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Poll Watch
September 10, 2019

President Trump might not want to look at a new poll conducted by Univision and the University of Houston.

The survey shows six Democratic presidential candidates leading the incumbent in Texas. Sen. Bernie Sanders (I-Vt.) has the healthiest lead over Trump — a 48 percent to 42 percent edge. Meanwhile, former Vice President Joe Biden has Trump beat 47 percent to 43 percent, while Sen. Elizabeth Warren (D-Mass.) is ahead 44 percent to 42 percent. Those three, frequently considered the front-runners in the Democratic primaries, don't come as a huge surprise, but Sens. Kamala Harris (D-Calif.) and Cory Booker (D-N.J.) also hold slight advantages. Former Housing Secretary and homegrown Texan Julián Castro is the sixth candidate that Texas would seemingly support over Trump; he has a three point lead over the commander-in-chief.

Those are the only six candidates highlighted in the survey for this particular question. Oddly, former Rep. Beto O'Rourke (D-Texas) is not pitted against Trump, though among the Democratic candidates, he finished second only to Biden in the survey, and led all other candidates by seven points or more among Texas Latinx voters. So it appears the El Paso native is doing pretty well in his home state at the moment.

The poll also revealed that 40 percent of voters would vote for any Democratic candidate over Trump, compared to just 33 percent who are committed to voting for the president. The poll was conducted between Aug. 31 and Sept. 6 on the phone and online. It consisted of 1,004 voters and the margin of error was 3.1 percent. See the full results here. Tim O'Donnell

September 10, 2019

President Trump can, on occasion, be unpredictable, but his approval numbers aren't.

He's the only commander-in-chief in the polling era never to never cross the 50 percent threshold, CNBC reports. His Gallup Poll peak is 46 percent and his low his 35 percent, good for an average of 40 percent to date; in Gallup's latest poll, he's right there again with a 39 percent approval rating. The consistency is not inconsequential when considering Trump's long-term electoral prospects, the Century Foundation's Ruy Teixeira told CNBC.

In 2018, just before the Republicans lost control of the House in the mid-term elections, Trump was at his normal 40 percent Gallup approval rating, while 54 percent of those surveyed disapproved of his performance. He's only budged slightly since then — and in the wrong direction, to boot. CNBC's John Hardwood notes that when former Presidents Bill Clinton and Barack Obama were routed by Republicans in the 1994 and 2010 midterms, respectively, they bounced back in their approval polls before winning re-election in 1996 and 2012.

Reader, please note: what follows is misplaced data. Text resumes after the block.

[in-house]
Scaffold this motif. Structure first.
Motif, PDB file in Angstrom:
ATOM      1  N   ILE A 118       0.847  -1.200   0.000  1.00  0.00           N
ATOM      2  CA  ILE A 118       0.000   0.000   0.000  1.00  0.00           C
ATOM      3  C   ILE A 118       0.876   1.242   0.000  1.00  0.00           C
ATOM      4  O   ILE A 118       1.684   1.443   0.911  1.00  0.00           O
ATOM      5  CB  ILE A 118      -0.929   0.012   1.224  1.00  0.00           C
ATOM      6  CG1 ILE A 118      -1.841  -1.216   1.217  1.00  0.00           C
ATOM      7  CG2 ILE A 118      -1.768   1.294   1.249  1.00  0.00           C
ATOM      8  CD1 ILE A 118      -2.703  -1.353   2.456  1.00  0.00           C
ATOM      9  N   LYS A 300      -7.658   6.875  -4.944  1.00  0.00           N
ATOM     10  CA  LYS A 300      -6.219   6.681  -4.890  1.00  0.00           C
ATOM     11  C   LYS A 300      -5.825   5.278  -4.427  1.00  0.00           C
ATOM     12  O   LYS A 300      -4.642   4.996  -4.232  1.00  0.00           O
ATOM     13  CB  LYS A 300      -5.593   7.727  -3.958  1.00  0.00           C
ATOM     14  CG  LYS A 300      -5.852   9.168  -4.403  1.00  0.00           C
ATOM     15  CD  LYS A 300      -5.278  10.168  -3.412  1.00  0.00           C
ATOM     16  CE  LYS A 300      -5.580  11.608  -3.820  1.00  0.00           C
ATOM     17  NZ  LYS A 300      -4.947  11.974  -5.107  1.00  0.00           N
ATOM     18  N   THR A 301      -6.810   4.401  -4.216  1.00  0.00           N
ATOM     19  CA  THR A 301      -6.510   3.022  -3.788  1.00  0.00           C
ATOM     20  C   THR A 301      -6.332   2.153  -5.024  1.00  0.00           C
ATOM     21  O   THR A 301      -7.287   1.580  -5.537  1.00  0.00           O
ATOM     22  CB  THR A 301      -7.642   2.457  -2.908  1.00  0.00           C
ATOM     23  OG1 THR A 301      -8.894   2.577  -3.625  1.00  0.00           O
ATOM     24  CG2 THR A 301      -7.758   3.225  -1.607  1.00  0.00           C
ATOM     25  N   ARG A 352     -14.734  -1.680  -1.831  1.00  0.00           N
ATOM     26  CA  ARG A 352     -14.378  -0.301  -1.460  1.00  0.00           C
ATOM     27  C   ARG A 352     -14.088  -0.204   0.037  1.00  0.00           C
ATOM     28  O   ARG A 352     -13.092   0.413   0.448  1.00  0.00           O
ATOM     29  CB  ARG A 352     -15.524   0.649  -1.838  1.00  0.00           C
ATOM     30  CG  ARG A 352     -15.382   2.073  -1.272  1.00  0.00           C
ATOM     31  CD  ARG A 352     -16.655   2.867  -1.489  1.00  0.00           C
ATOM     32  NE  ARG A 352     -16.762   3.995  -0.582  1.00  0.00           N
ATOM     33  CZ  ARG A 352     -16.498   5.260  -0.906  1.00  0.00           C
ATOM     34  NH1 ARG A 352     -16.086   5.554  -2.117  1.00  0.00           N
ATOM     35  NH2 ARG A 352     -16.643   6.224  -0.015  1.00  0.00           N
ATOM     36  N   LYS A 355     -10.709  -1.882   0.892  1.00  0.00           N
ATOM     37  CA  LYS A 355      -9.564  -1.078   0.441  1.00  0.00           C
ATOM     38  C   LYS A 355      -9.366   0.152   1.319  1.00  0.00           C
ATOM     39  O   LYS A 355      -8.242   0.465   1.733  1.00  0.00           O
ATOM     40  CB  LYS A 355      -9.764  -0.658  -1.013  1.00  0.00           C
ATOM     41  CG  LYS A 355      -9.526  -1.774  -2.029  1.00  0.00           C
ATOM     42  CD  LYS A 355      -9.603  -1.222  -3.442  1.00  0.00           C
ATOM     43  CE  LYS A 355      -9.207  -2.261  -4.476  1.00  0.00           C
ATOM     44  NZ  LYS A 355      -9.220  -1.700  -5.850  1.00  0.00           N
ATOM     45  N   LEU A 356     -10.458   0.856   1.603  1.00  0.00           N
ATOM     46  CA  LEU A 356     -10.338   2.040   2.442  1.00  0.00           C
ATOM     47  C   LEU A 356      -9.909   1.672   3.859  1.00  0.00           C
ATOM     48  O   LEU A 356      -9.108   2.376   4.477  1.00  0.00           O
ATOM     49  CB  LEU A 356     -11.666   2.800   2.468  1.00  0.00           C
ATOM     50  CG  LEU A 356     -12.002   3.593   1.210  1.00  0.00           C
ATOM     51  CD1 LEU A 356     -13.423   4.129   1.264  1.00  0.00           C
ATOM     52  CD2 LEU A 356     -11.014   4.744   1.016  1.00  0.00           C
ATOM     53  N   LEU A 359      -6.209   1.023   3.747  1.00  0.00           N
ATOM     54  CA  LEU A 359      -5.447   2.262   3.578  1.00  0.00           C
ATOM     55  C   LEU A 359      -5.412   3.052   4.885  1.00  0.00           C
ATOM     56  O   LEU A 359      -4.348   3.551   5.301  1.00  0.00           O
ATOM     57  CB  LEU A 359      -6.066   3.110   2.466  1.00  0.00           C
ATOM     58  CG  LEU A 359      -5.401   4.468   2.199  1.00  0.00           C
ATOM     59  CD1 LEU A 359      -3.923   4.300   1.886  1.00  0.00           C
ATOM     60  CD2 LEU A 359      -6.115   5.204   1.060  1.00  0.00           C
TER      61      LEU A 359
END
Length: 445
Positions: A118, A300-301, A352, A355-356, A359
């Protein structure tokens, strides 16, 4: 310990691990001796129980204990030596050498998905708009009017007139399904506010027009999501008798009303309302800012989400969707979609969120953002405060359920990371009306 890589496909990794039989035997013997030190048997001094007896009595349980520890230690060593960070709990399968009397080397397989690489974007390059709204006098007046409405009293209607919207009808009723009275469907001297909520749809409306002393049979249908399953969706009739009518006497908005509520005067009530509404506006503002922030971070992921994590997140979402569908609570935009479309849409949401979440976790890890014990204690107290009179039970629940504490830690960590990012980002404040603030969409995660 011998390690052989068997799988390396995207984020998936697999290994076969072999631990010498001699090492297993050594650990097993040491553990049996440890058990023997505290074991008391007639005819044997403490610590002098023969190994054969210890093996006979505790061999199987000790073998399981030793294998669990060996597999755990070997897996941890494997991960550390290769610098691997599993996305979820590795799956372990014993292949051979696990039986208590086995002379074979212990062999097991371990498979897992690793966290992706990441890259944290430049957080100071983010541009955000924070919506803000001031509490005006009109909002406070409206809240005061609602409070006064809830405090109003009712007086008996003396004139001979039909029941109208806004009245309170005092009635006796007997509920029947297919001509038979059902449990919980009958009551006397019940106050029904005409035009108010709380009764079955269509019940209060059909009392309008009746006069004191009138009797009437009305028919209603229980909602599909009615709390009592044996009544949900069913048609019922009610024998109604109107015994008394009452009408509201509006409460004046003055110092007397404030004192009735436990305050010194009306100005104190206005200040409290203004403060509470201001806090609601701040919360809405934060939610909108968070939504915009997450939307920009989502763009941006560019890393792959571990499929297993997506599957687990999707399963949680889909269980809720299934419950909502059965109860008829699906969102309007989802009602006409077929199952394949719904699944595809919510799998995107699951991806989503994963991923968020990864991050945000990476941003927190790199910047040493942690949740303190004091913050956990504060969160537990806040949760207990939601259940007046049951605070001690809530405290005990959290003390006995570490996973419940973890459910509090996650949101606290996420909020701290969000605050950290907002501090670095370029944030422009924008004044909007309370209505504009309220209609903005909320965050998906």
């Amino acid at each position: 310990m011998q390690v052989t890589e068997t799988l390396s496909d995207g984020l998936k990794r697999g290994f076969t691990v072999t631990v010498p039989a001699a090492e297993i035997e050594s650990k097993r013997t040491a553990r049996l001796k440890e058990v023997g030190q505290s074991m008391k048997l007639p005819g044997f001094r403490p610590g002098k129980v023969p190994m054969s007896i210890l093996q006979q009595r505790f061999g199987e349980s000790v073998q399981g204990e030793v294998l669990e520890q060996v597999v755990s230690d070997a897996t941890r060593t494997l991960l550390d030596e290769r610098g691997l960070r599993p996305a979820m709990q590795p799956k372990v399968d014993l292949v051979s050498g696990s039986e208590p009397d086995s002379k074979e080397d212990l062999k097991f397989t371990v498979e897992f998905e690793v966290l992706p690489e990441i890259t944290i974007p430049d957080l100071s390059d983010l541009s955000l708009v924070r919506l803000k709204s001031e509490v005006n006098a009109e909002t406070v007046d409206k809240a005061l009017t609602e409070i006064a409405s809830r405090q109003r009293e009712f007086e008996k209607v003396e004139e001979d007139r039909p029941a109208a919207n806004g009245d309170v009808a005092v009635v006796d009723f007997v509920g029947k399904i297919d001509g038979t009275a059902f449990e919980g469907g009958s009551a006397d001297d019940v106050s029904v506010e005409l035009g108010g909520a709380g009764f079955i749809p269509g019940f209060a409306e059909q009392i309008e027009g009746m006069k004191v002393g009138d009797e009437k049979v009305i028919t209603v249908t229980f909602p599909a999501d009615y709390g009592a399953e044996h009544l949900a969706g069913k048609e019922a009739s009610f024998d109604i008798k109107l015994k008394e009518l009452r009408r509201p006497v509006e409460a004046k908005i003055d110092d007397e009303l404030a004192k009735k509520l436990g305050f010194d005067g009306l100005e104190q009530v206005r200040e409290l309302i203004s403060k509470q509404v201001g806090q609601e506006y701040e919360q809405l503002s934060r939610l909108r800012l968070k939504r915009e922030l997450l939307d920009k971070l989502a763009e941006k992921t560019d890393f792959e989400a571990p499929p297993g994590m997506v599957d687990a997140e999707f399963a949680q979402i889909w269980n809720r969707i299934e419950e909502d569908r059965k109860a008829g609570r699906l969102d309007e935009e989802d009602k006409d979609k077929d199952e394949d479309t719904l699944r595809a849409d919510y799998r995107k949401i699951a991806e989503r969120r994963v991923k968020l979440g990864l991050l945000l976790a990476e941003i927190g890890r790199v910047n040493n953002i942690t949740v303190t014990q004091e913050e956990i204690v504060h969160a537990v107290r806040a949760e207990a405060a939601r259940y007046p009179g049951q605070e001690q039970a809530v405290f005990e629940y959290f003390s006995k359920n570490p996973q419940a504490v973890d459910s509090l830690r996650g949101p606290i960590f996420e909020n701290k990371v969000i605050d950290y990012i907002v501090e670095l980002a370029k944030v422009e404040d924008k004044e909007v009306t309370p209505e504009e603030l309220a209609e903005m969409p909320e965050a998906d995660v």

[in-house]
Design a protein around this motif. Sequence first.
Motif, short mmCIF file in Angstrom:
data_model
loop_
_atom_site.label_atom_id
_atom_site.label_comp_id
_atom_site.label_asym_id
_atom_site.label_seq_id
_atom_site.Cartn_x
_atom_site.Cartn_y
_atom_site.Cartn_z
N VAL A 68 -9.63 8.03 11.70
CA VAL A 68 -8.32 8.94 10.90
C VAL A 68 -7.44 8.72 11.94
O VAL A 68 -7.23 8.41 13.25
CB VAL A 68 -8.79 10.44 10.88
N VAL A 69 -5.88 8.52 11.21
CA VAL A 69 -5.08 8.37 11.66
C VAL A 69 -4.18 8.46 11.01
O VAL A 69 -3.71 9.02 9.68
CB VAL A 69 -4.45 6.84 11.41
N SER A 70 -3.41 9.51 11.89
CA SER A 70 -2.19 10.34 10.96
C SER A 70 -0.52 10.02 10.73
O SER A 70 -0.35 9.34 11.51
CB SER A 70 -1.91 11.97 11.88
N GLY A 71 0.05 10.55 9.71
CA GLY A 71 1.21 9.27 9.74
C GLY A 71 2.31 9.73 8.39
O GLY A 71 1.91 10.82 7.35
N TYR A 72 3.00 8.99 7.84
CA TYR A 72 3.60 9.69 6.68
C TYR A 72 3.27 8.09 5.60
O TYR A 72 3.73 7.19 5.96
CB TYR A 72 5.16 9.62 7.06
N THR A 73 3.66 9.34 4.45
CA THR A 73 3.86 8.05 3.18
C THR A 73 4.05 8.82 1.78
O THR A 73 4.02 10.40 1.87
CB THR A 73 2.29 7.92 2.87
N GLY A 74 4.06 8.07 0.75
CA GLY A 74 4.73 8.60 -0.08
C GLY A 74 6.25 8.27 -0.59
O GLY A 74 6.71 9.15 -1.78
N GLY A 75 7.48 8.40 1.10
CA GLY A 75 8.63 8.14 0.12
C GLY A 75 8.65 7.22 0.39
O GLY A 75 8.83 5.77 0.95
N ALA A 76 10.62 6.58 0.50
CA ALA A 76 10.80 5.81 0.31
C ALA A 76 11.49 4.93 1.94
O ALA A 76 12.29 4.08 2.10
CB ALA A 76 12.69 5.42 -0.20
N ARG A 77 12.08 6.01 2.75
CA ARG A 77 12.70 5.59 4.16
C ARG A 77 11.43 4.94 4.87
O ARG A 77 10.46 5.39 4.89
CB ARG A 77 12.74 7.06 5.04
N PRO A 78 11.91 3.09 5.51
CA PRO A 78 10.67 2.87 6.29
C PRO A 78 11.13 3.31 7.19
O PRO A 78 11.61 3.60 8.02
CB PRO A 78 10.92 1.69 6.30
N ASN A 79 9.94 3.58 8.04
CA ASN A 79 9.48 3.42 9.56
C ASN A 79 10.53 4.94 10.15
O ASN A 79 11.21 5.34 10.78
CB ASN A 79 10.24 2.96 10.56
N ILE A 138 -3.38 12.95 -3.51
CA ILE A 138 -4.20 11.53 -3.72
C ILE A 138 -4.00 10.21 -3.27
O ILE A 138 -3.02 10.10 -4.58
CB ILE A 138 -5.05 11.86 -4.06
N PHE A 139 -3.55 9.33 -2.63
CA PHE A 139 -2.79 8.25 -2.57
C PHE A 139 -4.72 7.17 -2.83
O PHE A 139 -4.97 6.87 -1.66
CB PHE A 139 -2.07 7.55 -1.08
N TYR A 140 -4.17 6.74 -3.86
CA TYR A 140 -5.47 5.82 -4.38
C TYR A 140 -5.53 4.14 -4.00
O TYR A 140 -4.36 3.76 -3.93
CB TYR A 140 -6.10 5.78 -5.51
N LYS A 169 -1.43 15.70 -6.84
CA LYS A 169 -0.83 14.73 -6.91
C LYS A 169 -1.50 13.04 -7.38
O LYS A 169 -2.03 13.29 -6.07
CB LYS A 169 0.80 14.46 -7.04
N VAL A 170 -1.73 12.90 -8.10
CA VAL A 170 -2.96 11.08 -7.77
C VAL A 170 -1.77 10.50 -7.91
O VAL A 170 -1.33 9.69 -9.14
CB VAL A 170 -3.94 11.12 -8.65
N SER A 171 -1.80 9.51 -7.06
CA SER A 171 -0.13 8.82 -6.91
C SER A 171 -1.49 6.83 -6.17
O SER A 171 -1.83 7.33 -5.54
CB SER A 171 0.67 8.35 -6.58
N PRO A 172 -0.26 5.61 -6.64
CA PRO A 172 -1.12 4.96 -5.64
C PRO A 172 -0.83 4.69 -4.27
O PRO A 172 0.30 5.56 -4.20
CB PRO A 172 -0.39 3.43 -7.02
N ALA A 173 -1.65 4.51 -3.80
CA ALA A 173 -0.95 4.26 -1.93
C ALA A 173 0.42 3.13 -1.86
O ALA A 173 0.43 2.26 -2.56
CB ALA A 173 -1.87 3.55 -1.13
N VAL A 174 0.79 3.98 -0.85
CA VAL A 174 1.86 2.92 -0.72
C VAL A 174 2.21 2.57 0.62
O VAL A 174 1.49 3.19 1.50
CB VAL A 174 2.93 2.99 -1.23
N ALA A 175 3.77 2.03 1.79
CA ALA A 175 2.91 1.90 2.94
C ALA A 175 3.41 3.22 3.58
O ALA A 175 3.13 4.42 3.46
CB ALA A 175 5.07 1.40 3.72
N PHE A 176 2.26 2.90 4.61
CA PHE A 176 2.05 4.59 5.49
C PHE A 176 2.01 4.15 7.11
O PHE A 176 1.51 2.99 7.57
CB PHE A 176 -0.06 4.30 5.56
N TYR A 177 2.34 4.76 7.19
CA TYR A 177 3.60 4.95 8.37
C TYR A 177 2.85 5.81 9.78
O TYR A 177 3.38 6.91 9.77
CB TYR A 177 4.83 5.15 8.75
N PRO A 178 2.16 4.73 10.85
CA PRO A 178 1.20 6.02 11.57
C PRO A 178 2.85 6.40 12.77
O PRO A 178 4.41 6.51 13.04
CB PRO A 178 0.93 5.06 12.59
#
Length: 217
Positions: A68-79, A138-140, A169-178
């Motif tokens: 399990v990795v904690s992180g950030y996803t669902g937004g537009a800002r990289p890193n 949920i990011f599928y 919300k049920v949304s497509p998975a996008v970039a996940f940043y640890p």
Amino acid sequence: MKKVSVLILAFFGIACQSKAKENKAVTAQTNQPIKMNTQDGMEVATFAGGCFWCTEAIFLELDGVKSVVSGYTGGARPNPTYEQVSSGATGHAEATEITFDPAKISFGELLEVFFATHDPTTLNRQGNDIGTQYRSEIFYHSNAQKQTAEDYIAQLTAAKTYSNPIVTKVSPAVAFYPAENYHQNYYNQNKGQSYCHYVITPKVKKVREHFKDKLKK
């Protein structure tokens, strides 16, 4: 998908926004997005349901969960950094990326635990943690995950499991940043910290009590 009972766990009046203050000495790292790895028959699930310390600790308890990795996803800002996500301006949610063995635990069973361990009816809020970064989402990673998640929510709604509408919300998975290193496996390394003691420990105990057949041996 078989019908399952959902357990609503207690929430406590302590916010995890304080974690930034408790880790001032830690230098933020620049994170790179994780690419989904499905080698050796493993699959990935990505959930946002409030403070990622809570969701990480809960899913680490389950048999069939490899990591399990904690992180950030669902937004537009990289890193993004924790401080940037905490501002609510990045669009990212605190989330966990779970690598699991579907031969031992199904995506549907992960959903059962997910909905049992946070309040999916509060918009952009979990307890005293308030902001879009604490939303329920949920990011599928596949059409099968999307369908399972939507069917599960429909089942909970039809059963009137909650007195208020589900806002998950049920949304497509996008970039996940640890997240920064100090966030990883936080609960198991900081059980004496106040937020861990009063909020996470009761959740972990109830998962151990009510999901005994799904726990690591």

Vegas oddsmakers still have Trump as the favorite in 2020, perhaps because Obama and Clinton were able to shake off those defeats to gain a second term. But Trump does not appear to be making up the ground his predecessors did to recapture the electorate.

Of course, polls have not recently proven themselves to be the ultimate litmus test for determining presidential elections. Read more at CNBC. Tim O'Donnell

September 4, 2019

If you weren't aware, Wisconsin is likely to be a pretty important state in the 2020 presidential election. And things are looking good for former Vice President Joe Biden there, at least according to a new poll from Marquette University Law School.

The poll, which is described as the "gold standard" barometer for the state, has Biden defeating President Trump by nine points in the general election at the moment, 51 percent to 42 percent. That's a fairly significant number, and some analysts are anticipating one of the smallest electoral college maps in recent history for 2020.

Biden isn't the only Democratic candidate holding a lead over the president, although he does have the largest point differential. Sen. Bernie Sanders (I-Vt.) holds a four-point edge. Meanwhile, Sens. Elizabeth Warren (D-Mass.) and Kamala Harris (D-Calif.) are tied with Trump.

Nothing is certain with any poll, of course, but these results will likely add another wrinkle to the never-ending "electability" argument. The poll was based on 800 interviews with Wisconsin registered voters over the phone between Aug. 25 and Aug. 29. The margin of error involving the full sample is 3.9 percentage points. See the results here. Tim O'Donnell